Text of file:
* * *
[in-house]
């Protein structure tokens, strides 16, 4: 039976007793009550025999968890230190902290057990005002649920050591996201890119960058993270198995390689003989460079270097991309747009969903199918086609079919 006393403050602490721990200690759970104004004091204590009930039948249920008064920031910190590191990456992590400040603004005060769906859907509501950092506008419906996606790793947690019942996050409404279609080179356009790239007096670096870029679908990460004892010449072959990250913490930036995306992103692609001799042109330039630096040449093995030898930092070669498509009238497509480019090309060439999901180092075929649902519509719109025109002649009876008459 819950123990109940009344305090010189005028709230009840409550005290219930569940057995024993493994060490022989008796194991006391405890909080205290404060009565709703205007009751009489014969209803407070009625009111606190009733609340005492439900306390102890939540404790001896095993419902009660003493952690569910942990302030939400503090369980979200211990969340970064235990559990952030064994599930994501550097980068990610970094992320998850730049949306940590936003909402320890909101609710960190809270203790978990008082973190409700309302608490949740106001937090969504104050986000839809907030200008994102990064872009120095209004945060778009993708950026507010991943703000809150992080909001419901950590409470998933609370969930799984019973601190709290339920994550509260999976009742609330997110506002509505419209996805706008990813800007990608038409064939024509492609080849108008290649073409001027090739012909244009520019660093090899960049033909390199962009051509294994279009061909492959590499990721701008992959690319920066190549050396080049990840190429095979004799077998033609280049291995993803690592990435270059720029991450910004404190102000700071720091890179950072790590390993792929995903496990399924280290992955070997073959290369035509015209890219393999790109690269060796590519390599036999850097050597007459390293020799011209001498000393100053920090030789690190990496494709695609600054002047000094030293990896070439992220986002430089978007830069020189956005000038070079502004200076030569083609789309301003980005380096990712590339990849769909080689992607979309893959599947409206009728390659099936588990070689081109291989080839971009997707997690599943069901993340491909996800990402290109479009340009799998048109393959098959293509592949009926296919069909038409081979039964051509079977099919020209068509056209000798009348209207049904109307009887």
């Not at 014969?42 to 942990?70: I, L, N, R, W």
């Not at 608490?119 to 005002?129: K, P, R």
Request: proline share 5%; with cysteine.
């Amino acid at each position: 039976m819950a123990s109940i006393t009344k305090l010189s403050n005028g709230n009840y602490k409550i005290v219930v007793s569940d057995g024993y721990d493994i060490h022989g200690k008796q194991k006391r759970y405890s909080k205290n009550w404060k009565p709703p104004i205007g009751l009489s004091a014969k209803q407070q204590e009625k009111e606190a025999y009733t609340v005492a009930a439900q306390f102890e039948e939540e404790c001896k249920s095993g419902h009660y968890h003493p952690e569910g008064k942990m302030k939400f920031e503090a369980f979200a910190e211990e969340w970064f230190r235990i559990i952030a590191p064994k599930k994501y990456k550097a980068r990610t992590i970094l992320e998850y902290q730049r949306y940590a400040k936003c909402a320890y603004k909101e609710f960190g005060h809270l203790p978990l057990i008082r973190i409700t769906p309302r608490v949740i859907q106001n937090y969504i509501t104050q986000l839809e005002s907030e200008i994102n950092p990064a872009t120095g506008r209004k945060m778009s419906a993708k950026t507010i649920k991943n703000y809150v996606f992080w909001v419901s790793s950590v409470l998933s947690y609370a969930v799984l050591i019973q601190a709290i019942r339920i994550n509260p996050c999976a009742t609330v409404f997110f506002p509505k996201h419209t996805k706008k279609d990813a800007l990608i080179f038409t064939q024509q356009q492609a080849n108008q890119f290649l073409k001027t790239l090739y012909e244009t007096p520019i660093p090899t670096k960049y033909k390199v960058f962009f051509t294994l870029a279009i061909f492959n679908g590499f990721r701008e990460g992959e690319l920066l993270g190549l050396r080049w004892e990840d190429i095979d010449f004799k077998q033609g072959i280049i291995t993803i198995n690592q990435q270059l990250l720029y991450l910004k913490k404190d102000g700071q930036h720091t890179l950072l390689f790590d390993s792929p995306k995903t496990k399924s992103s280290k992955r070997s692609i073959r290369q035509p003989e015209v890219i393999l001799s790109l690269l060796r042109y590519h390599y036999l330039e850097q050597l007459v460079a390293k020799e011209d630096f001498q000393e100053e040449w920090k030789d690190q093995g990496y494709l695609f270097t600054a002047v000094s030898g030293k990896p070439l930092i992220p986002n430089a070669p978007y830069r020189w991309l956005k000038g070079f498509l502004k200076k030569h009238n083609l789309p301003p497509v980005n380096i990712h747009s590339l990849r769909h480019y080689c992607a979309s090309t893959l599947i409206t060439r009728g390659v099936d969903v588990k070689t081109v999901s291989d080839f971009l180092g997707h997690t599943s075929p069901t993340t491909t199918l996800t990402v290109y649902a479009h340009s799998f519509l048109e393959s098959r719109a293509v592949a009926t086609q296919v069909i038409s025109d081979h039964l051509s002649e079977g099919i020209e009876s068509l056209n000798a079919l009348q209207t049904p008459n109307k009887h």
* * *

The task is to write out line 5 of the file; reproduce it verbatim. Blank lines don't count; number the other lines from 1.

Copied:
Request: proline share 5%; with cysteine.